wedded wednesdays guest post: when getting intimate is hard to do.

{We need to get talking about what marriage really looks like. In that spirit, we chat about it here once a week, on Wedded Wednesdays.}

Marriage has a way of revealing where we’re raw, where we’re vulnerable, where we’re fragile. Our past, our unmet expectations, our unvoiced worries or fears can and often collide in marriage and our sex life can sometimes be the darkest corner. And even in this darkness, we are not alone. We are never alone. I’m so humbled today to welcome the marvelous Jennifer Camp, who shares her story.

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Song of Solomon is one of those books of the Bible that I used to be reluctant to read. Before marriage, when I read it, it seemed so intense–this passionate, adoring love between a king and his lover, between Solomon and the Shulammite woman. I remember feeling overwhelmed by it all: I could hardly imagine a love like that. After marrying my husband–hero of my heart–16 years ago, I spent years still having trouble surrendering myself to him intimately, with freedom. It may have partly to do with my never having witnessed much physical intimacy or trust between a husband and a wife growing up. But, more significantly, the pain of my past choices in relationships before marriage had woven a fabric of lies into my heart about intimacy with my husband.

Even without past mistakes with physical intimacy, we live in a world where it can be difficult to imagine, and believe, in a love where lovers abandon themselves completely and trust the heart of another. And when I learned that the songs in Song of Solomon can also be read through the lens of God’s love for His people, that can seem too amazing to believe, too.

But I want to.

In the Songs I am awakened to a husband and a wife surrendering themselves to each other, completely lost in passionate adoration of their lover. I can still read the pages and be filled with surprise, cheeks aflame, heart beating fast. What is this book–these poems declaring that yes, you are the one I want, the only one I want to pursue, the only one with whom I am meant to be? The beauty and wild openness between two people in these pages stun me still.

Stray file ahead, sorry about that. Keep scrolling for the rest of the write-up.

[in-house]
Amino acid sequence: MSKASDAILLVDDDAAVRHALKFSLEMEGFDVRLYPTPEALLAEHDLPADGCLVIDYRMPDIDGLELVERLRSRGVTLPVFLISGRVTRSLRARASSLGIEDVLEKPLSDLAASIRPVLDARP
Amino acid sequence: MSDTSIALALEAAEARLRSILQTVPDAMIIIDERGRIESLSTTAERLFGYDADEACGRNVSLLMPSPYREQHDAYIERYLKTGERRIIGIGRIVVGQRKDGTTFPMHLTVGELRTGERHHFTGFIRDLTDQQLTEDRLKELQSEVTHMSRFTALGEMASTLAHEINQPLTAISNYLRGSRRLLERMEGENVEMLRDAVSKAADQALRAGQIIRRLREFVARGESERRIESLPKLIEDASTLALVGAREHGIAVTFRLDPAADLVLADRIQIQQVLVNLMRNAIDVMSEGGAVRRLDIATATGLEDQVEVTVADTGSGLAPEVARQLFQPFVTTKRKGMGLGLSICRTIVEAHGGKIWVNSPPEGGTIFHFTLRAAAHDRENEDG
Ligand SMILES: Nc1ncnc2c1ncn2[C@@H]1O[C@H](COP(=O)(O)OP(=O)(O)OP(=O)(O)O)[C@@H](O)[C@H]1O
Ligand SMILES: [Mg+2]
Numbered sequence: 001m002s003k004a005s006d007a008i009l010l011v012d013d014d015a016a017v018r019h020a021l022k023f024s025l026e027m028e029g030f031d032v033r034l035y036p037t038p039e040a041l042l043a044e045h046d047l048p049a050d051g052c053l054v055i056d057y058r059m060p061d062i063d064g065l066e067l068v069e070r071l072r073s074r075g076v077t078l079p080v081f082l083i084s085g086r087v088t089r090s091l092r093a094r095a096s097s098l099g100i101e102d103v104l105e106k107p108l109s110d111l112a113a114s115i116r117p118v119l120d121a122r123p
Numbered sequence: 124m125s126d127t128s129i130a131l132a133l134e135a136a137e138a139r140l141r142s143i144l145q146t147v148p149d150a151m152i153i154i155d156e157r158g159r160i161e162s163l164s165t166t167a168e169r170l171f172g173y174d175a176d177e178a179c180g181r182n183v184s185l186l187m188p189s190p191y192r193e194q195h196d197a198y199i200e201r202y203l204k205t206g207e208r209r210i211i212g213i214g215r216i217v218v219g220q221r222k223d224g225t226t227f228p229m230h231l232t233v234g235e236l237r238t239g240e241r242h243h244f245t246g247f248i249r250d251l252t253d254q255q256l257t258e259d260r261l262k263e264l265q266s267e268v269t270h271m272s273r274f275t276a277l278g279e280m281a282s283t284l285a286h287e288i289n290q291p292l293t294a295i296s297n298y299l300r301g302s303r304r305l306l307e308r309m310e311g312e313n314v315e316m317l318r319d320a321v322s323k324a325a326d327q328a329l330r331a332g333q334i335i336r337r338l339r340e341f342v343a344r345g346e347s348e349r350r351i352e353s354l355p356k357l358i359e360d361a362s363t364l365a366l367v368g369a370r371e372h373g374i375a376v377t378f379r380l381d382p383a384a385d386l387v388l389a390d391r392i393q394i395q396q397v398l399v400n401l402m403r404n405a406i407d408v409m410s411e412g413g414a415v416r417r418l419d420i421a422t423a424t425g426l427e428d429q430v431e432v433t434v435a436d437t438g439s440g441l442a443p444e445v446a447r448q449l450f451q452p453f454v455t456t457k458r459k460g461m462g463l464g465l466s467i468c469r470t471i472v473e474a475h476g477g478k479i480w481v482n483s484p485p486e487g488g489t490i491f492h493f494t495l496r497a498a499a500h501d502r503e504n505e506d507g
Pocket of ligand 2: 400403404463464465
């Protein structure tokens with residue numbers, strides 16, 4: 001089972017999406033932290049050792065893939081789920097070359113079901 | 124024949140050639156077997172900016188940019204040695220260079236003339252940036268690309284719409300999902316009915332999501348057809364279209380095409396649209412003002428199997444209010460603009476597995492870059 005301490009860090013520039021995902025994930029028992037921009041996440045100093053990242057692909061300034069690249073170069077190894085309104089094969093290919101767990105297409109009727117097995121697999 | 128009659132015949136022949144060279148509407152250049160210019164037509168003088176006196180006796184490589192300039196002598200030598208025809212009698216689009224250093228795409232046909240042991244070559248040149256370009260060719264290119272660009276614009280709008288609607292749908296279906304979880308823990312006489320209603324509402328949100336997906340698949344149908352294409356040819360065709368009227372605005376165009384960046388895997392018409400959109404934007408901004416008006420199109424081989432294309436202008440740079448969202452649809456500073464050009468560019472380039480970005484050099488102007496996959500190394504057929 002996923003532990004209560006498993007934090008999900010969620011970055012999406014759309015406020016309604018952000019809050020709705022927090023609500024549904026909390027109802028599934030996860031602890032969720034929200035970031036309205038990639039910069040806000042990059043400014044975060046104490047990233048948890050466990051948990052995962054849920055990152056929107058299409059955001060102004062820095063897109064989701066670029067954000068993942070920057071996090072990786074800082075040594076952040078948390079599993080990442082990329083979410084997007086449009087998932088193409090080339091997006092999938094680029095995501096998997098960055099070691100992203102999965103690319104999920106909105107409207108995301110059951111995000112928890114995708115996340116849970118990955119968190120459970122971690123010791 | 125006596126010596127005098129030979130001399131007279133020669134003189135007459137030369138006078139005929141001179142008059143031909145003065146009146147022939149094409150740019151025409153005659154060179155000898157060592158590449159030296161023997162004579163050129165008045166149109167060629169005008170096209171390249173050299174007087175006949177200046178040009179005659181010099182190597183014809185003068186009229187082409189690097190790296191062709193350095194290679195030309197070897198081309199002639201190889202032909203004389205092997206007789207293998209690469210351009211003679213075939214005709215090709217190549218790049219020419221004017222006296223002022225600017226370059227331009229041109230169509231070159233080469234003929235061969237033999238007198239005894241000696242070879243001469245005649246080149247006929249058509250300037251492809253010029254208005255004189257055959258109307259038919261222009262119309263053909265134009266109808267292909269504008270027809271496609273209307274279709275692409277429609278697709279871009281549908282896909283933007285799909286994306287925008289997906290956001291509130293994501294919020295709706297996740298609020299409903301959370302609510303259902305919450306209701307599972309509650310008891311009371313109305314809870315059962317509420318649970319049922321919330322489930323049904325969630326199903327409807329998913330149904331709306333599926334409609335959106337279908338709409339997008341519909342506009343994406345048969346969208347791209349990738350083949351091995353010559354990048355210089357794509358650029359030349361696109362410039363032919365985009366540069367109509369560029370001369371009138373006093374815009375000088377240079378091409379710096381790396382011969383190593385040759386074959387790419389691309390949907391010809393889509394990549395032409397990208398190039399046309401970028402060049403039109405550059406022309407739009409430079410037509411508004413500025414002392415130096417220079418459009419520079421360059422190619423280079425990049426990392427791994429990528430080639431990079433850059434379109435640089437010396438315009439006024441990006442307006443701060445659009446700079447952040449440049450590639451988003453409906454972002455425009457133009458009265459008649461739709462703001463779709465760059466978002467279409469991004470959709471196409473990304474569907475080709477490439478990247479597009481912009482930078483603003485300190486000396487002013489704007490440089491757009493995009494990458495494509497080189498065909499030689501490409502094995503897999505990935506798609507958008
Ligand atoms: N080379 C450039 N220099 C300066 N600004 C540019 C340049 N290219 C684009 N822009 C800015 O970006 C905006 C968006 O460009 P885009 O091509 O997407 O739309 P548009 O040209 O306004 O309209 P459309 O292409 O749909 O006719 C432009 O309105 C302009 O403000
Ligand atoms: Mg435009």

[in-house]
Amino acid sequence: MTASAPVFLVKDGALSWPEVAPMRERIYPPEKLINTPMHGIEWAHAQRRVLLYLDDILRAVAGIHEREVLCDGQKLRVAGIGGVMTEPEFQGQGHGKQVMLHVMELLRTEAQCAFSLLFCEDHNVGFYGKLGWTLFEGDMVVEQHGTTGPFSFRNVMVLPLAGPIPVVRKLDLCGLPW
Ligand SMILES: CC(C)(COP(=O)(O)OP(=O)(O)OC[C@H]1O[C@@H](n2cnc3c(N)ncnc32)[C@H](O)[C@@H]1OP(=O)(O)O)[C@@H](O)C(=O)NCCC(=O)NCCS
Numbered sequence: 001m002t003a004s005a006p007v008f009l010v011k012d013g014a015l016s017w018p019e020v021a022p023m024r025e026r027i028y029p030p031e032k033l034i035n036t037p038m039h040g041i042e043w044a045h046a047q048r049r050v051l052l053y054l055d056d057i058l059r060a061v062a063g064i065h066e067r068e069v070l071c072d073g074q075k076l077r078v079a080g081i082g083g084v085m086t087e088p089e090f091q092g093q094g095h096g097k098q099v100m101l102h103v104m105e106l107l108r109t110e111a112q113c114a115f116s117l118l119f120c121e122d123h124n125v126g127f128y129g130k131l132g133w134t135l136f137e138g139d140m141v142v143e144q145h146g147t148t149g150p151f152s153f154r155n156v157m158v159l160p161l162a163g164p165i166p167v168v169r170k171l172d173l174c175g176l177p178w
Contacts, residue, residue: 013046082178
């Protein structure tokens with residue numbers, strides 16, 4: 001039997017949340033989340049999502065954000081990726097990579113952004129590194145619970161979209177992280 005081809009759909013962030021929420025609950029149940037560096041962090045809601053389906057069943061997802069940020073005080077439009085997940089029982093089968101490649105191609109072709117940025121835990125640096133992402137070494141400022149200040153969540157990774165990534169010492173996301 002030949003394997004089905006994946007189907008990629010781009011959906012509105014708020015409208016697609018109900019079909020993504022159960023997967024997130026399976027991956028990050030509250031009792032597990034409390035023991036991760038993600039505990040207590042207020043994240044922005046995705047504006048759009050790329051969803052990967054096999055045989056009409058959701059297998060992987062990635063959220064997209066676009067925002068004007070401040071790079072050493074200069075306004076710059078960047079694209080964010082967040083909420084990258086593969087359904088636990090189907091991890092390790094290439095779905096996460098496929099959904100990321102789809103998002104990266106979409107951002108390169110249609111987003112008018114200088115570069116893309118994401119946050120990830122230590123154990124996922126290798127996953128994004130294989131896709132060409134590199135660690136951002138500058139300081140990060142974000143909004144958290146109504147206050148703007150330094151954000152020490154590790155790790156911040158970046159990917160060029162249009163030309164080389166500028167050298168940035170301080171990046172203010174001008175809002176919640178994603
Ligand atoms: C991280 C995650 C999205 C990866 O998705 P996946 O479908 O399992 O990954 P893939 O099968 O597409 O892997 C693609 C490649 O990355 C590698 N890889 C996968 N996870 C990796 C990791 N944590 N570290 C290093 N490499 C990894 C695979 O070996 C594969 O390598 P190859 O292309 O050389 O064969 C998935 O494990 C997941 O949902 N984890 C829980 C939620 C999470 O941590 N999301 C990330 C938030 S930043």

But I can believe it now.

I choose to believe, and I devour the pages with hope and faith: By my God I am pursued with intensity like this. I am loved with fierce beauty like this. And in this loving me He has made physical intimacy with my husband to be a glorious, joyful surrendering where I forget myself and let myself be present for what beauty, in this marriage, He brings.

I know more about this Father’s love for me now. And, finally, after years of pain and not believing physical intimacy was something that brought God joy–a celebration of the love that He created between my husband and me, an act of glory that He made — I believe He smiles now, when I trust Him and, in this act of loving my husband, surrender.

I choose to believe and surrender. And I believe this act of abandonment and belief in His love for me brings Him glory. I want to glorify Him. And I know He made each of us to trust Him and give love.

And when I turn toward Him and ask Him to help me forget myself and see His face–trust Him more–He shows me how the lovers in the Songs forget themselves in one another. A lover’s love for herself is not more than it is for her lover. They practice sacrificial love.

Songs

Is there any other kind of love between a husband and a wife? Do I demonstrate this kind of love?

“You have made my heart beat fast, my sister, my bride; you have made my heart beat fast with a single glance of your eyes, with a single strand of your necklace. How beautiful is your love, my sister, my bride! How much better is your love than wine, and the fragrance of your oils than all kinds of spices!” (4:9-10)

Am I open with my speech in declaring my love to my husband? Do I trust that the Father will give me words to show my love?

“I am my beloved’s and my beloved is mine” (6:3).